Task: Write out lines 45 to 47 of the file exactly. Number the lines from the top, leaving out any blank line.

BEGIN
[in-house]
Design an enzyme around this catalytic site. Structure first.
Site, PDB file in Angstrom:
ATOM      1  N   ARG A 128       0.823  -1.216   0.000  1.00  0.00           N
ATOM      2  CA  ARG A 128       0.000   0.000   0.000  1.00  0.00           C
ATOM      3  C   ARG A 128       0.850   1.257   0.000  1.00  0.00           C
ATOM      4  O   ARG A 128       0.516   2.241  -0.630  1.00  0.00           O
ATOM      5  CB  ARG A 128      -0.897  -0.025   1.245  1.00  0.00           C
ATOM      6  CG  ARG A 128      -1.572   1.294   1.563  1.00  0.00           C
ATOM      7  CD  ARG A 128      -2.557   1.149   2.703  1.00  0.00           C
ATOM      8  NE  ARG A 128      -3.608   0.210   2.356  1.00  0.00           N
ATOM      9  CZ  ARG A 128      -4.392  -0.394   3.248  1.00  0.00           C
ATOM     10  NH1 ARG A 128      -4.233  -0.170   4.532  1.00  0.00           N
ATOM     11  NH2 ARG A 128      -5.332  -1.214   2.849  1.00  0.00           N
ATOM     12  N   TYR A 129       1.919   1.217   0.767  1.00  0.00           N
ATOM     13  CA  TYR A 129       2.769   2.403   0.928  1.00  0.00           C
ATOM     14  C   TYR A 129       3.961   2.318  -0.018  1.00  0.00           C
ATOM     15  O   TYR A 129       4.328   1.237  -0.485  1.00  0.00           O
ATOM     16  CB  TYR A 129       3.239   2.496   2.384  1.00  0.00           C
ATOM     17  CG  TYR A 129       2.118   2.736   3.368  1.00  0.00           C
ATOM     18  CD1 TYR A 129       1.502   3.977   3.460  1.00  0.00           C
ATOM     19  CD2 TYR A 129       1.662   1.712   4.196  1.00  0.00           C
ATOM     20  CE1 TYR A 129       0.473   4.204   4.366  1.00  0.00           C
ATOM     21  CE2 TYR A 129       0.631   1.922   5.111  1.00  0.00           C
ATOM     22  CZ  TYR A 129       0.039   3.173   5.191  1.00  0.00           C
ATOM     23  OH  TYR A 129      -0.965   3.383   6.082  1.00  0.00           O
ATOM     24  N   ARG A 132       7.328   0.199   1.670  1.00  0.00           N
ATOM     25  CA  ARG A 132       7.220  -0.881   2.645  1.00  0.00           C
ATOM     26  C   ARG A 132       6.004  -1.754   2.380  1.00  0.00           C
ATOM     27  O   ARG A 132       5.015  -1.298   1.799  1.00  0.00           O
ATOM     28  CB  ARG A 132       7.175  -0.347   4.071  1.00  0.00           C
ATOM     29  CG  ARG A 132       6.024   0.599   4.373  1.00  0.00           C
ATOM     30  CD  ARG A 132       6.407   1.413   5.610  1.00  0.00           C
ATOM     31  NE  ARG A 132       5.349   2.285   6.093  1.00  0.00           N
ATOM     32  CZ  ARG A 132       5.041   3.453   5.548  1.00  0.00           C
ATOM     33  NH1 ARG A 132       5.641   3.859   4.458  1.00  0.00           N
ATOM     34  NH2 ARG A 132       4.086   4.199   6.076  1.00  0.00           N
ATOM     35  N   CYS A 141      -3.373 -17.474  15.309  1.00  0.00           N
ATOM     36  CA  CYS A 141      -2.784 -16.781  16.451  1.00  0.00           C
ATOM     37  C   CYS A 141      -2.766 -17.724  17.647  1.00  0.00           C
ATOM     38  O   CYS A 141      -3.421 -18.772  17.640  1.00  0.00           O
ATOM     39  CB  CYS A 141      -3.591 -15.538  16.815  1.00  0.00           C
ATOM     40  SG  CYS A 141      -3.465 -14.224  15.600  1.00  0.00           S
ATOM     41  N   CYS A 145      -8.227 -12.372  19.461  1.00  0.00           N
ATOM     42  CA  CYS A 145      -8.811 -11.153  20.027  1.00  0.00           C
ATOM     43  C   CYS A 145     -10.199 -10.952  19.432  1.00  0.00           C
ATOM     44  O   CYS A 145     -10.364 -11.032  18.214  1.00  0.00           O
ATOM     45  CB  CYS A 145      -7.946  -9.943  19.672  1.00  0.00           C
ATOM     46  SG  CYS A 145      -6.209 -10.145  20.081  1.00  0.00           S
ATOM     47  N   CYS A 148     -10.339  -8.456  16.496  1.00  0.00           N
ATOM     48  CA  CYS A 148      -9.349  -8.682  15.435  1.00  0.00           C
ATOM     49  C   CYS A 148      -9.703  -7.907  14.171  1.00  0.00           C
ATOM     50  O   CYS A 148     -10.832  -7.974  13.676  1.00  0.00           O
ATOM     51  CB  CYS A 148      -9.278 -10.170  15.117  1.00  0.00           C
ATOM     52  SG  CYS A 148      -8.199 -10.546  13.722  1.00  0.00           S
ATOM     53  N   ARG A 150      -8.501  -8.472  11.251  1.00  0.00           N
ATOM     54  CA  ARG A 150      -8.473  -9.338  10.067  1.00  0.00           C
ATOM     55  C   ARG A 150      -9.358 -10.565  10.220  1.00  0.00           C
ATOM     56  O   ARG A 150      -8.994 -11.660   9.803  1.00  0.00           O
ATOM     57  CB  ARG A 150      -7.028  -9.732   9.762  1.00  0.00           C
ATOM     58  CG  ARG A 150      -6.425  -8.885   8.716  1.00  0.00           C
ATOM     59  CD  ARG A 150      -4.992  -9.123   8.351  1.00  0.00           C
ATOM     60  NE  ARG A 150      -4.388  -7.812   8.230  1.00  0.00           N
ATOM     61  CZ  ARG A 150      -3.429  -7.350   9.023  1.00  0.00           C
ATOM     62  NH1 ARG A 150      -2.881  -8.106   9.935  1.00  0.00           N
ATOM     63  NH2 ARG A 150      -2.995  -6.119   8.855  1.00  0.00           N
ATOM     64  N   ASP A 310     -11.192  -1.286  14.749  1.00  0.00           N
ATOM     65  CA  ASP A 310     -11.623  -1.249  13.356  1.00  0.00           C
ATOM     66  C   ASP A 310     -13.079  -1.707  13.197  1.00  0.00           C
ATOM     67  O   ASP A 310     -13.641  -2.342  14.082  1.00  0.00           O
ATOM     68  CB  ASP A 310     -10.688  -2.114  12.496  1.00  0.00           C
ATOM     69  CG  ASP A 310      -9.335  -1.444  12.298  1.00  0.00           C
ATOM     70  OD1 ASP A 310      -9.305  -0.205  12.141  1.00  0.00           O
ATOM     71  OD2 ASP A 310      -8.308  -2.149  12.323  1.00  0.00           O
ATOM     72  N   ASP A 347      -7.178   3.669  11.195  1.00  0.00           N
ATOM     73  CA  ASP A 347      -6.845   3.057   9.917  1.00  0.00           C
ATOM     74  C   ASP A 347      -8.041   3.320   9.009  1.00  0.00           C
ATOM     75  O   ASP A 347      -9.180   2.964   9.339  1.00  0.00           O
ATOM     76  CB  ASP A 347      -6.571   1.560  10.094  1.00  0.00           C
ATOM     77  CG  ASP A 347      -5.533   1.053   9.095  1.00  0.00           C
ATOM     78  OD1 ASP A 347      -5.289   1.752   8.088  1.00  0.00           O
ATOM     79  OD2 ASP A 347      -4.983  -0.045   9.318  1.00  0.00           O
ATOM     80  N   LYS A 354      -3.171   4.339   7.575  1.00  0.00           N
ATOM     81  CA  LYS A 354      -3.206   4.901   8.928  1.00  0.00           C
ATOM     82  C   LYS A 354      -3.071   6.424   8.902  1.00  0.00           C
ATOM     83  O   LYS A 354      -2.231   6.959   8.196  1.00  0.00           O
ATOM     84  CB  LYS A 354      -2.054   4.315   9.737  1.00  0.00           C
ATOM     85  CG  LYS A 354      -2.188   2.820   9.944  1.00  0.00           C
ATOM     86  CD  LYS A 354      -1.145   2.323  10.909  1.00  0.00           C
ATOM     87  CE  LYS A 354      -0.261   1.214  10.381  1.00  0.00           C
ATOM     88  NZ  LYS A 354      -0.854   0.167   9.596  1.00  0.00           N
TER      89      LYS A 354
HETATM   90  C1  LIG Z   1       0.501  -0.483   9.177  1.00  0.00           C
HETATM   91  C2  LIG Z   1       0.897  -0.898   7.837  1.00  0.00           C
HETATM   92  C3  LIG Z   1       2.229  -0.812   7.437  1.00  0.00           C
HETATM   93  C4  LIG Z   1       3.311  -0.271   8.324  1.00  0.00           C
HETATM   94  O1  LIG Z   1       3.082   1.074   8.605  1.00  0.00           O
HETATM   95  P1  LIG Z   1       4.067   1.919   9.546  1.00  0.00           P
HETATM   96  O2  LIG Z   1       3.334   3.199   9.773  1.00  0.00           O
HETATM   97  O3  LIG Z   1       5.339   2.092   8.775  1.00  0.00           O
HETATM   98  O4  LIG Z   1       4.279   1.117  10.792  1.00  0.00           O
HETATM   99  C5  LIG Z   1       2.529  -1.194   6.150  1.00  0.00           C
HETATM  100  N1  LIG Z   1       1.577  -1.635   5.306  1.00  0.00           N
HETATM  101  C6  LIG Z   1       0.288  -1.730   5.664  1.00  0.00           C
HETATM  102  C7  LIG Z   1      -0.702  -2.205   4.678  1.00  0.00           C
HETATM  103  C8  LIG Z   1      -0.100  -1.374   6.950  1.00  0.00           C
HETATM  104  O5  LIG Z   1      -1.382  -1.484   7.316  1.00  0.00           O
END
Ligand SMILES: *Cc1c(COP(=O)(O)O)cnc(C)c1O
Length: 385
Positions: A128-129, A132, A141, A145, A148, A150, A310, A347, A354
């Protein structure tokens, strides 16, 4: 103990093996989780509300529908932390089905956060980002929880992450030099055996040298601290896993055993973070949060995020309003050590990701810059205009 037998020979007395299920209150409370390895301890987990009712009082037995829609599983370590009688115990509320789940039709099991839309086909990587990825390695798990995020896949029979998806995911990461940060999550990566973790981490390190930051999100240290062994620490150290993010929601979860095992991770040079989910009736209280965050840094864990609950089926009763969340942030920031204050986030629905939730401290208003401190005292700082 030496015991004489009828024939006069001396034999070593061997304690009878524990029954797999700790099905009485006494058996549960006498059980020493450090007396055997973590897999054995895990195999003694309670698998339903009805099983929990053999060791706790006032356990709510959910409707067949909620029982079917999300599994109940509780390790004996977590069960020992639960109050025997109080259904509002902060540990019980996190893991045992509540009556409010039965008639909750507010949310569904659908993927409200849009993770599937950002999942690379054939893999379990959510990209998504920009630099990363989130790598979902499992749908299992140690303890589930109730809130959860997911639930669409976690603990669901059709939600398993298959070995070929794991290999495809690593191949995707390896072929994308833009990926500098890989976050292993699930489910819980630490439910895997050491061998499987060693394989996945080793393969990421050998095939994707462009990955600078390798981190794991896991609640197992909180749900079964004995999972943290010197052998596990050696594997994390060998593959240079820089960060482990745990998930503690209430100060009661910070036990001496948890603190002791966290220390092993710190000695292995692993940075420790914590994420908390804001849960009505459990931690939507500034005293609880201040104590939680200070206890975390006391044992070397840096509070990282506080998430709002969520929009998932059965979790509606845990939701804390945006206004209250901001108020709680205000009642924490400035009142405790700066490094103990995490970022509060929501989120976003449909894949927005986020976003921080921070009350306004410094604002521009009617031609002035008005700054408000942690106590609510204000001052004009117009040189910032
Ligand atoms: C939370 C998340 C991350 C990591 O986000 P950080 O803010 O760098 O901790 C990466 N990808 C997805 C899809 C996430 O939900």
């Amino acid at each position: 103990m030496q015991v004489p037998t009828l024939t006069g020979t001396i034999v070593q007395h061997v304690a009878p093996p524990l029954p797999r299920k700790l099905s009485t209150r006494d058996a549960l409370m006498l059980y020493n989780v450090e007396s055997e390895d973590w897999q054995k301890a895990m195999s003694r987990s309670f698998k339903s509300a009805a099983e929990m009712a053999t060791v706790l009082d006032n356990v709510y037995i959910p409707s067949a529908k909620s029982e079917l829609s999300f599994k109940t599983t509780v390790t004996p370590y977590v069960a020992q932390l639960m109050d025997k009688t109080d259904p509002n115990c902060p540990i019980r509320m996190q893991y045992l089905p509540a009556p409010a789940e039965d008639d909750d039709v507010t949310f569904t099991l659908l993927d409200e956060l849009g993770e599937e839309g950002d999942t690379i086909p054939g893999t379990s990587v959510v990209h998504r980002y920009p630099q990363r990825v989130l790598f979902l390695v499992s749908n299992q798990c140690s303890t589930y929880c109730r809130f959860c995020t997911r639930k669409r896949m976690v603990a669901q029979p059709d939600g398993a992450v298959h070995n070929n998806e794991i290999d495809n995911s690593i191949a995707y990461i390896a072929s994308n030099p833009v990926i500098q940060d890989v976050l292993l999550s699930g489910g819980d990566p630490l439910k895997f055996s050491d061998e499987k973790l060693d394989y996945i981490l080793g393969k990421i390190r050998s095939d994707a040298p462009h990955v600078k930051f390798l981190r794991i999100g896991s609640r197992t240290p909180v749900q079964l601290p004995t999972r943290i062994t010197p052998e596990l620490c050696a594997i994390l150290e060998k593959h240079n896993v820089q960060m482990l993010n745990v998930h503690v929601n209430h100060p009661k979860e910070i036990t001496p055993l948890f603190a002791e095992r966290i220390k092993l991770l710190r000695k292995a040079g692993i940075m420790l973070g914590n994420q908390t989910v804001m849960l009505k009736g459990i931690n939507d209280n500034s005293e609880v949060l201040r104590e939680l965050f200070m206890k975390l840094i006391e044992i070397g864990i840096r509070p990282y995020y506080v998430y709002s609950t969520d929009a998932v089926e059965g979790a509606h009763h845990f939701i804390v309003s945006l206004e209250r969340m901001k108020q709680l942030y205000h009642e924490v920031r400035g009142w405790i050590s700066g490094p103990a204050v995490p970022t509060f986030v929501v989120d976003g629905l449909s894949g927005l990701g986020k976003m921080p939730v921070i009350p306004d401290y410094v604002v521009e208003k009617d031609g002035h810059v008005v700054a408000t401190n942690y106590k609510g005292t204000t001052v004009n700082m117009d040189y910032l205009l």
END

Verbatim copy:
ATOM     42  CA  CYS A 145      -8.811 -11.153  20.027  1.00  0.00           C
ATOM     43  C   CYS A 145     -10.199 -10.952  19.432  1.00  0.00           C
ATOM     44  O   CYS A 145     -10.364 -11.032  18.214  1.00  0.00           O